The war in Ukraine has, no doubt, shaken the entire international arena, and as in a kind of domino effect, very few aspects of international relations have remained unchanged since February 24, 2022. The various condemnations of the Russian Federation by the international community, both in the United Nations, with historic resolutions such as “ES-11/1. Aggression against Ukraine” and by regional organizations such as the European Union (materialized in the various economic-political sanctions packages now in their tenth “package”) have affected, more or less noticeably, Russia and, by extension, Russia’s external projections as well. The Arctic, although a remote area, almost far from the spotlight of the global international scene, has suffered some of the echoes of the disastrous war in Ukraine. To add further layers of complexity to this vast topic, it is good to analyze these echoes under two distinct lenses, that framing the Arctic political and governance situation and that of Russian military projection.
That the latter was generally influenced by the drain of economic-strategic forces for the war in Ukraine is a fairly widespread fact. Technical-strategic errors made the Ukrainian campaign extremely bloody and costly in terms of men and means for the Kremlin. The image of the “warrior” nation, which has always been sustained by a national narrative still strongly anchored in the past, has also been damaged; this seems to have been greatly diminished. Turning our gaze to the Arctic, however, it will be the Northern Fleet’s modernization projects and military presence there that, for strategic and economic reasons, will suffer the backlash from the invasion that Russia began just over a year ago.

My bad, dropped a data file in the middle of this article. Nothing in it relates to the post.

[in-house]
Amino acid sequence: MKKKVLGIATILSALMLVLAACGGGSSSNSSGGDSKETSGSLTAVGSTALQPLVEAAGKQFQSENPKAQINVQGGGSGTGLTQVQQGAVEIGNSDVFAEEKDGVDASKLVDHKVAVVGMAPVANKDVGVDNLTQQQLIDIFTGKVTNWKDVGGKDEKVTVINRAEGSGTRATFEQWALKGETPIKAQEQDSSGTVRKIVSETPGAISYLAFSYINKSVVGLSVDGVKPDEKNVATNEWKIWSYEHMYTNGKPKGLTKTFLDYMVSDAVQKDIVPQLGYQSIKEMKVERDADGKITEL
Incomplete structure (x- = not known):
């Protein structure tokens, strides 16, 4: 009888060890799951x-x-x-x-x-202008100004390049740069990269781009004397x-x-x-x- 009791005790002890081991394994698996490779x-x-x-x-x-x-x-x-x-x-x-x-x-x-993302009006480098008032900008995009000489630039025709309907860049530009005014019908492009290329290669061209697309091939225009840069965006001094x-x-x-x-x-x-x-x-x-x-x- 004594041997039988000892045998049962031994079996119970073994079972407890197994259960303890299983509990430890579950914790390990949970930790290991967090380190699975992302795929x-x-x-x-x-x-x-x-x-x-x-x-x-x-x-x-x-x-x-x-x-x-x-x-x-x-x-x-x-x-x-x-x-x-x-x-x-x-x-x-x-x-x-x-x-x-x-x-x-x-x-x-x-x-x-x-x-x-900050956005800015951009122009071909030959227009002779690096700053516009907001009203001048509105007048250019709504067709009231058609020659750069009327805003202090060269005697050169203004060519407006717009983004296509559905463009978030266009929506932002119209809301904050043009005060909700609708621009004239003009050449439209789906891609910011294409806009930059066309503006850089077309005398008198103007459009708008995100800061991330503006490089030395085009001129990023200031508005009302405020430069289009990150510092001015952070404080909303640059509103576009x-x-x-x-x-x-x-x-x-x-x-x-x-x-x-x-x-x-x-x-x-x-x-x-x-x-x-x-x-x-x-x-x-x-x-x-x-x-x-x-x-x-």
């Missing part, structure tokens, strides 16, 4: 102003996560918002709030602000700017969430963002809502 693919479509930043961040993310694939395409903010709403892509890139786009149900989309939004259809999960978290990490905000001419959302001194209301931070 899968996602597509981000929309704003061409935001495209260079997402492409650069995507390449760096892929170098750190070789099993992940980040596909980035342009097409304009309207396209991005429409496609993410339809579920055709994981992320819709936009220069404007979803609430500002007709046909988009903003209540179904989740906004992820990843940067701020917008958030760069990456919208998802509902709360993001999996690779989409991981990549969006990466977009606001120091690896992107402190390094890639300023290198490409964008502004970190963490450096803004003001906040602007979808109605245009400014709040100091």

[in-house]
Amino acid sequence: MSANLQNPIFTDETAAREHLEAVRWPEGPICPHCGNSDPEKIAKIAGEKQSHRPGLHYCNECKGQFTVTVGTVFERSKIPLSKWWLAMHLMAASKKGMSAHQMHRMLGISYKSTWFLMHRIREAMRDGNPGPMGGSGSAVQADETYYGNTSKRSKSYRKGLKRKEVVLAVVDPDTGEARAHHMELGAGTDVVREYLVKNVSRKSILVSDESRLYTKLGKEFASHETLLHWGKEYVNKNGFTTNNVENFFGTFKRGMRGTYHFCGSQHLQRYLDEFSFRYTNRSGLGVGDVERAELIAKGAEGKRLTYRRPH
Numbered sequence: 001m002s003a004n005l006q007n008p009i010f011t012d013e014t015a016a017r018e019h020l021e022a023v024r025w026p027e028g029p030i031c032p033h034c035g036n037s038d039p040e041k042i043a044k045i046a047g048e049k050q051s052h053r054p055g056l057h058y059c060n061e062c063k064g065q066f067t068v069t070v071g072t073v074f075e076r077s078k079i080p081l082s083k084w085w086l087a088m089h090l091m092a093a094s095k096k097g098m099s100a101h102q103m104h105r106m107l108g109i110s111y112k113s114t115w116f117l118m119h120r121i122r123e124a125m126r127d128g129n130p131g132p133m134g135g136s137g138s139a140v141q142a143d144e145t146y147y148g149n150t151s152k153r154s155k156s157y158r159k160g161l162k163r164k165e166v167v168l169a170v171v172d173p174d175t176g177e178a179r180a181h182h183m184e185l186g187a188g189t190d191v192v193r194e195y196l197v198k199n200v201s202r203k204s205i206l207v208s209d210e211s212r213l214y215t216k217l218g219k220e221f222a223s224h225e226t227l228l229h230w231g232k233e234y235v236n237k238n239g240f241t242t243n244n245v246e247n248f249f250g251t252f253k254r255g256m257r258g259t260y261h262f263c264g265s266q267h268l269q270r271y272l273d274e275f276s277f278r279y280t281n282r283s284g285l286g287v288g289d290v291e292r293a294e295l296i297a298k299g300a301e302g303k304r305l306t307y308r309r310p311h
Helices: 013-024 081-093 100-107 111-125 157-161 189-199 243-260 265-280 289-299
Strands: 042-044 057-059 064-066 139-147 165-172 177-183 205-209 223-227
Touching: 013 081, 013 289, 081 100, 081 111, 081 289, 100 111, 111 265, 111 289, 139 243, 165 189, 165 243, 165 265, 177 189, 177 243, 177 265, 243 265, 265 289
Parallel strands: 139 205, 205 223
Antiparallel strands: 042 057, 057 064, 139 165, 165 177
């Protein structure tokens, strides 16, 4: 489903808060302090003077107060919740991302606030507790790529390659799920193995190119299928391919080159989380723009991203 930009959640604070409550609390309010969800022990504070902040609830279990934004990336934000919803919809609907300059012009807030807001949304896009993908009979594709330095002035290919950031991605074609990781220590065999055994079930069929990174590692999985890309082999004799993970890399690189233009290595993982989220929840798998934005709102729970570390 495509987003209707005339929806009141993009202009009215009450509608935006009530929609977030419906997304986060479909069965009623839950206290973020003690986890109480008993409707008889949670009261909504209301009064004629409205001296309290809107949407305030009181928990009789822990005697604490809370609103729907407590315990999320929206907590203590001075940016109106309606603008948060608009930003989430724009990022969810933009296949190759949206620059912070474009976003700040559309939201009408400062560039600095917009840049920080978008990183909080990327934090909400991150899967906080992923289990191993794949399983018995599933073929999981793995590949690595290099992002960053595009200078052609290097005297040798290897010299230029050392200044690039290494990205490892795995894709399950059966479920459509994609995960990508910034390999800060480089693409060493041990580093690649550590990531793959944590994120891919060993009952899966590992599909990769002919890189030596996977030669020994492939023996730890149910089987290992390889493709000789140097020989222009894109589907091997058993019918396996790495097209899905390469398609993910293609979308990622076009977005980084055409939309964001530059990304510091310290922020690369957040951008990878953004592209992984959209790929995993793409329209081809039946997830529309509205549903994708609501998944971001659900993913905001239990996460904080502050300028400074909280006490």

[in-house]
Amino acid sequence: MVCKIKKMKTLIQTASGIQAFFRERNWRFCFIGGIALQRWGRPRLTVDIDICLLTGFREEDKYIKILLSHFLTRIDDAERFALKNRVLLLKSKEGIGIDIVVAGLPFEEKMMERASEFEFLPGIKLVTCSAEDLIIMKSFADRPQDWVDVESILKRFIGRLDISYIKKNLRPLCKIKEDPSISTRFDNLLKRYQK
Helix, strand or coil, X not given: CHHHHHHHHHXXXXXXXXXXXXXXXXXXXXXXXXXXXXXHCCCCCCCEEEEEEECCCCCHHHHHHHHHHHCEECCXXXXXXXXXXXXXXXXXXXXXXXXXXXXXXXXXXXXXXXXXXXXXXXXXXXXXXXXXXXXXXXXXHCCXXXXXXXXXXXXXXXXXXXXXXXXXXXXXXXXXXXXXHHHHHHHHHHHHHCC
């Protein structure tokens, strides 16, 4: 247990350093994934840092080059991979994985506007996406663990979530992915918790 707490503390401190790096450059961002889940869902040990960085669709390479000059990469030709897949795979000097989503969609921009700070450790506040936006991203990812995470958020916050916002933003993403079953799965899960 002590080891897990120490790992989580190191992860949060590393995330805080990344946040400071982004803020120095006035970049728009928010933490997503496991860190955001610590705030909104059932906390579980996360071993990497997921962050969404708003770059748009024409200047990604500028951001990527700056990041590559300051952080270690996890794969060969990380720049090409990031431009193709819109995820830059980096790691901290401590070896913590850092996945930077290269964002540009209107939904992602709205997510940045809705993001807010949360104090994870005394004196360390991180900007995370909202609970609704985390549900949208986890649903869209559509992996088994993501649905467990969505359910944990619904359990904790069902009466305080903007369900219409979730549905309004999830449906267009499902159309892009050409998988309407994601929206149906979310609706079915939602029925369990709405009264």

Indeed, from a strategic perspective, the war in Ukraine and the actual “baptism of fire” of Russian military technologies, especially with direct confrontation with “Western” technologies donated to Kiev, have shown that they have not always lived up to expectations. Moscow’s anti-aircraft defenses have proven to be far from impenetrable especially when compared to attacks by new technologies such as drones, widely used by Kiev. A number of examples of Ukrainian attacks on military airfields inside Russian borders, of varying degrees of magnitude, have precisely pointed out some flaws in Russia’s anti-aircraft defense, which is the same as that installed in nerve centers such as the Arctic region.